Newsletter No. 337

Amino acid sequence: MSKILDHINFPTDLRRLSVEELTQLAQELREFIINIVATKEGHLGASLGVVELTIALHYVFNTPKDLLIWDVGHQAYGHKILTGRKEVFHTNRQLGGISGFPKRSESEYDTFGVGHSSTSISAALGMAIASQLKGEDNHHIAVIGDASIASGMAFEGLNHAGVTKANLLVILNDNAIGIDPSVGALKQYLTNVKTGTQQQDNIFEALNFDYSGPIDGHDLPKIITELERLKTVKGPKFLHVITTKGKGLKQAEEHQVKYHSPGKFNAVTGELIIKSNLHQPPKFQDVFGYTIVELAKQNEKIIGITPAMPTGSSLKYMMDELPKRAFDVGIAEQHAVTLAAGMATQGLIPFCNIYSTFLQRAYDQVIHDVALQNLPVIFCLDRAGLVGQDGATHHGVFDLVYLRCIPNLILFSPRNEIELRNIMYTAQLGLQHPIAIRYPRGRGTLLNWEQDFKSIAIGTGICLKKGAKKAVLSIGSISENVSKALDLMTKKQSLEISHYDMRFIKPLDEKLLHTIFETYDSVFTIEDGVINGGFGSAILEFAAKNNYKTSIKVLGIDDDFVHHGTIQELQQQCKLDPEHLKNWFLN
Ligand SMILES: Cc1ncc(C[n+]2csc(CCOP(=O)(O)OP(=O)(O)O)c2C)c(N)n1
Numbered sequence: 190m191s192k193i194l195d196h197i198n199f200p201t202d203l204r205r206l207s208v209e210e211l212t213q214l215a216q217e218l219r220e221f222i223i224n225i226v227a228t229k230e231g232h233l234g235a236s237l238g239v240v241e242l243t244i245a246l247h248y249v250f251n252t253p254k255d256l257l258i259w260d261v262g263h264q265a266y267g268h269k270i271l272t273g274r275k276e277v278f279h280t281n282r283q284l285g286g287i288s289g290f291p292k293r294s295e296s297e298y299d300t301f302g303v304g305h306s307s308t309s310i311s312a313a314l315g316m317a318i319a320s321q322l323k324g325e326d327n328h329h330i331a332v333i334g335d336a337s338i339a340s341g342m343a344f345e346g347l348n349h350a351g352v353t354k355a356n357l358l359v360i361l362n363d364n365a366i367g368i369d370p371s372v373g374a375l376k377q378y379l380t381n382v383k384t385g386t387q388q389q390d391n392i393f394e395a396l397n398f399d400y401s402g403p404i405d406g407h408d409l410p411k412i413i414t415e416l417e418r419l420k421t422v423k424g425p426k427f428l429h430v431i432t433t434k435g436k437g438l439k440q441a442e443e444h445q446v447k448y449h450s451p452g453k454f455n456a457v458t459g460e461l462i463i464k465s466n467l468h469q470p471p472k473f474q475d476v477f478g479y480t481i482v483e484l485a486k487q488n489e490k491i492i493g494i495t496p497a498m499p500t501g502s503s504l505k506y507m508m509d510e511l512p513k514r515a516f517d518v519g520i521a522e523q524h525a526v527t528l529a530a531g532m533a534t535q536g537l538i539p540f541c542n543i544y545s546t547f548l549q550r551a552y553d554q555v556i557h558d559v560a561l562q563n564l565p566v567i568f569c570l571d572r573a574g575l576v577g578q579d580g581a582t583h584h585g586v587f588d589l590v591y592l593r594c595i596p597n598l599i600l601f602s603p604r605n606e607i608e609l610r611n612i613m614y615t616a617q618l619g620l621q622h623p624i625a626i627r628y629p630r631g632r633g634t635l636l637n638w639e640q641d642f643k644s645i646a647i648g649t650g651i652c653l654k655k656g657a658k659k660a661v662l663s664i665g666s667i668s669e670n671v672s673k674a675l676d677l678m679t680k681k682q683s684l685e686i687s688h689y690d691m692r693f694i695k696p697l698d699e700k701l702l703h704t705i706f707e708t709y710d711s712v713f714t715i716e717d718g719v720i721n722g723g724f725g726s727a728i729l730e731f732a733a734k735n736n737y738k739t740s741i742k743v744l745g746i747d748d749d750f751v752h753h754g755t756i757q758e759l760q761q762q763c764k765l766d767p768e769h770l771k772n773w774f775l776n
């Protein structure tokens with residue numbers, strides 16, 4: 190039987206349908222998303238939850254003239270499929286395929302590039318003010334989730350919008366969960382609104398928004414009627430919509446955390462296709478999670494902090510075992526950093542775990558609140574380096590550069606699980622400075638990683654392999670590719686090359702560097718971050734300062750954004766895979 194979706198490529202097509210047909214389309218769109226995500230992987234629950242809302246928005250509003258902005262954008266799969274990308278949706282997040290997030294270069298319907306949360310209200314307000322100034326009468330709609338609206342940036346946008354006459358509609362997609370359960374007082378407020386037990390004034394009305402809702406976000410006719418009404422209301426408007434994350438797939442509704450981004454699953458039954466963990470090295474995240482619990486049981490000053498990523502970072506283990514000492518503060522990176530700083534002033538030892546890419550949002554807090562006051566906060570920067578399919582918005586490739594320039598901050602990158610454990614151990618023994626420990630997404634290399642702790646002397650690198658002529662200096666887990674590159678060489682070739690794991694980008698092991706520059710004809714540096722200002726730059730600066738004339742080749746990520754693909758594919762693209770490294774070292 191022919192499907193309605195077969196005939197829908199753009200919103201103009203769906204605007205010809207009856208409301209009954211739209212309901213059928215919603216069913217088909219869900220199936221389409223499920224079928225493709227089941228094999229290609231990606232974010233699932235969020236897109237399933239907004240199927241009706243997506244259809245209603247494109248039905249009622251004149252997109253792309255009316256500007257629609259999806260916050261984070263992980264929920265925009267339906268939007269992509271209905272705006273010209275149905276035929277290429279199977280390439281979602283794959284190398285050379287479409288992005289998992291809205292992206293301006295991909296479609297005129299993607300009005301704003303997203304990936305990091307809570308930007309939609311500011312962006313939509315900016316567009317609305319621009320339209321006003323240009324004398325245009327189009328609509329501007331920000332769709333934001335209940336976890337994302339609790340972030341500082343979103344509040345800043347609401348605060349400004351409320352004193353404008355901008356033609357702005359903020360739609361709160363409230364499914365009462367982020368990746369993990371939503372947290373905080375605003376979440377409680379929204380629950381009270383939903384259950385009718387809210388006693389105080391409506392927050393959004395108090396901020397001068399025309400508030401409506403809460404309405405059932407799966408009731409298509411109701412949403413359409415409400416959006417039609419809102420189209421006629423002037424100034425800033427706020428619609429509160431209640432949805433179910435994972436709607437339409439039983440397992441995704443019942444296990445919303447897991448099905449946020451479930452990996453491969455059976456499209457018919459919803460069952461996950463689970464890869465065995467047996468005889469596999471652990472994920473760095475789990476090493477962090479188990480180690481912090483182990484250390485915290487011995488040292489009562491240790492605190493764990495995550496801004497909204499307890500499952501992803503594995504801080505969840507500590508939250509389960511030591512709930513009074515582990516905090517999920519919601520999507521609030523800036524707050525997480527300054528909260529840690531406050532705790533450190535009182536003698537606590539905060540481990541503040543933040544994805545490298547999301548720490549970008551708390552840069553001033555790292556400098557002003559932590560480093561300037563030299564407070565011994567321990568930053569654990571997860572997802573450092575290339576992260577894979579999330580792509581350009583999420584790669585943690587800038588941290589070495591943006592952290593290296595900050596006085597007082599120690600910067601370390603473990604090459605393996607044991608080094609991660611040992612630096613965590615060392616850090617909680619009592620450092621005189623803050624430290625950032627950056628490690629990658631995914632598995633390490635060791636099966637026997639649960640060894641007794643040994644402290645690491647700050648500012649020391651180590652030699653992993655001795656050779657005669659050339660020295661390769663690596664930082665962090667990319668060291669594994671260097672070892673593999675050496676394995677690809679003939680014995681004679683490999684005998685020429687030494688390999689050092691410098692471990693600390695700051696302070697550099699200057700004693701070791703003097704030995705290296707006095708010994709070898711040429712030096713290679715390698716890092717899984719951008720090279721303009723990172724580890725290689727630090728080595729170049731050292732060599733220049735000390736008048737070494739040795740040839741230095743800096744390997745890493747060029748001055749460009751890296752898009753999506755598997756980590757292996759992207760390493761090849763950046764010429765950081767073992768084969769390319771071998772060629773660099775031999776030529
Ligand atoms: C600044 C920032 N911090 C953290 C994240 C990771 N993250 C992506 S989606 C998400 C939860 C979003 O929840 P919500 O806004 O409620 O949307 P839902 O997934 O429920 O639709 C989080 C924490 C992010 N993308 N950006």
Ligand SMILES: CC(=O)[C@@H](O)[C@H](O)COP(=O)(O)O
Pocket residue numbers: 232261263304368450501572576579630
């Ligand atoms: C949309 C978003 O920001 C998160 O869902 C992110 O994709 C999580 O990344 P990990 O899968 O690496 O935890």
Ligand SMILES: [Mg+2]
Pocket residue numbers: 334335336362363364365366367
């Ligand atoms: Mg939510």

No. 337, 4.5.2009 第三三七期 二零零九年五月四日 No. 337 4 May 2009 B ill Clinton, former President of the United States; Bob Hawke, former Prime Minister of Australia; Howard Florey, developer of penicillin. What do they have in common? They were all Rhodes Scholars who studied at the University of Oxford. Since the launch of the scholarship in Hong Kong in 1985, 12 CUHK graduates have been awarded the scholarship, making CUHK the local university with the most Rhodes Scholars. As an event in celebration of its 45th anniversary, CUHK held the lecture ‘Rhodes Scholars at CUHK’ on 16 April, inviting four Rhodes Scholars to return to their alma mater to share their experiences in Oxford with CUHK students. Wong Ming-fung William (1st right), who received the scholarship in 1994, was the first to speak. He is a barrister- at-law and a member of the Rhodes Scholarship Selection Committee. In addition to describing the interview process, William gave the audience tips for winning the scholarship by unveiling three selection criteria: first, the applicants’ objectives in life; second, leadership abilities; third, their determination to succeed and persist in the face of difficulties and setbacks as reflected in the sports they do. He even disclosed a commonly asked question to the audience: ‘In your opinion, who is the best leader in history?’ In the eyes of Wong Chak-kei Jack (1st left), recipient of the scholarship in 1996, the difference between Oxford and CUHK is not that big. The major difference is that Oxford has a one-to-one tutorial system that motivates students to think and question. In addition, the galaxy of world-renowned professors at Oxford creates a conducive academic atmosphere. Jack, who taught at Oxford and is a managing director at Barclays Capital Asia Limited, revealed a secret to the audience: ‘The salaries of Oxford professors are low, even lower than those of secondary school teachers in Hong Kong. So, only those with a passion for education will teach there.’ The recipient of the scholarship in 1998, Lee Pui-shan Amanda (2nd left) now works in the banking industry. She said since her college was a small one in Oxford, its fellows dined with students in the same dining hall and their relationship was very close. What impressed her most is that as a Rhodes Scholar, she was invited to many special events that other students did not have a chance to attend, such as meeting leaders from different sectors. And the most exciting experience was that she had a chance to chat with the only living two-time Nobel laureate. Amanda said, ‘I would not have been invited to such events if I were not a Rhodes Scholar. Even if you can afford to study at Oxford, your experience will not be the same.’ The last speaker was Lai Wing-yu Jade (2nd right), who went to Oxford to study sociology in 2000 and is now a manager (research) of Bauhinia Foundation Research Centre. She said studying at Oxford was very rigorous. She was required to submit two to three essays of 2,000 to 3,000 words in length per week. And this sharpened her speed reading ability, perseverance, and concentration. Moreover, the students, teachers and atmosphere of the university in combination serve as stimuli for self-improvement. She said, ‘I believe that my life would be as exciting as it is even if I was not given the Rhodes Scholarship. But if I had not been given such a chance to see the world and expand my horizons, I might suffer from a lack of imagination in handling problems.’ Oxford is a prestigious university with a history of over 900 years and it is a great honour to be its student. But these Rhodes Scholars from CUHK share the same belief: the years at CUHK were the most beneficial educational experience they have had. It is because CUHK, characterized by a liberal academic atmosphere and close teacher-student relationship, encourages its students to acquire a wide range of knowledge. No wonder Prof. Wong Kui-hung (centre), senior college tutor of the United College, said, ‘I hope that the next stop of CUHK students will be Oxford on the Rhodes Scholarship and the next stop of the secondary students in the audience will be CUHK.’ 下 一 站 , 牛 津 D e s t i n a t i o n O x f o r d 前 美国总统克林顿,前澳洲总理霍克,盘尼西林的研 发者弗洛里—这些世界名人有什么共通点?他们 都是曾获颁罗德奖学金,到牛津大学深造的罗德学人。 自1985年起,香港成为罗德奖学金的受惠地区,至今中大 已有十二名学生膺此殊荣,占历年总数逾半,堪称罗德学 人的摇篮。为庆祝四十五周年校庆,中大在4月16日举行 「下一站牛津:罗德学人在中大」讲座,邀请了四位学成归 来服务本港的罗德学人回母校,与学弟学妹分享心得和在 牛津学习的点滴。 首先发言的是1994年获奖的王鸣峰( 右一 ),现为大律师的 他身兼罗德奖学金遴选委员会成员,他在讲座中把获取奖 学金的诀窍倾囊相授,除详述面试流程外,还透露了三个 评选标准:一是申请人对自己人生路向的规划;二是领导才 能;三是从申请人参与的体育运动,观察他们是否有克服 困难、面对失败的决心。他还把一条必问题目告诉听众,那 就是:「你认为在历史和现今世界,谁是最出色的领袖?」 接着发言的王泽基( 左一 )是1996年的罗德学人,现为巴 克莱亚洲有限公司投资银行部常务董事。他说牛津和中大 其实相去不远,较大的分别是牛津的导修制度,提供一对 一的指导,让学生有机会去思考和发问。另外,牛津有许 多知名教授,提供了很好的学术环境。曾在牛津教书的他 还透露了一个秘密:「牛津教授的薪水很低,甚至不如香 港的中学教师,所以愿意在那里教书,都是出于对教育的 热爱。」 现在任职银行界的李佩珊( 左二 ),是1998年奖学金得 主。她说牛津有四十多所书院,她所属的书院很小,书院 院士和学生在同一个食堂用餐聊天,大家关系很密切。另 外最让她印象深刻的是,身为罗德学人,常获邀参加一些 其他学生没有机会参与的特别活动,例如与各界的领袖会 面,而最令她兴奋的,是与当今在世唯一两度获得诺贝尔 奖的得主聊天。她说:「如果我不是罗德学人,就不会获邀 参加这样的活动。就算有钱自费到牛津念书,得到的经验 也难以同日而语。」 最后发言的是2000年到牛津攻读社会学的黎颖瑜( 右 二 ),她现于智经研究中心从事研究工作。她说,牛津的学 术要求很高,每星期须交两三篇论文,每篇二三千字,这 培养了她的速读、吃苦和专注能力,而周遭的同学、老师和 整个氛围都鞭策着学生提升自己的素养。她说:「即使没 有拿到罗德奖学金,我相信我的生活仍然会很多姿多采; 但如果没有这样到世界走一圈的经验,增长见识和扩阔视 野,现在做事时可能会缺乏一种想像力。」 牛津大学享誉九百多年,能够到该校念书,是极为难得和 光荣之事,但几位罗德学人都不约而同说,在中大接受的 教育,是他们最大的裨益,因为中大学风自由,鼓励学生 多元学习,而且师生之间交流非常好,关系密切。怪不得 主持讲座的联合书院资深导师黄钜鸿教授( 中 )说:「希望 在座中大学生的下一站,是获取罗德奖学金去牛津,而在 座中学生的下一站则是香港中文大学。」

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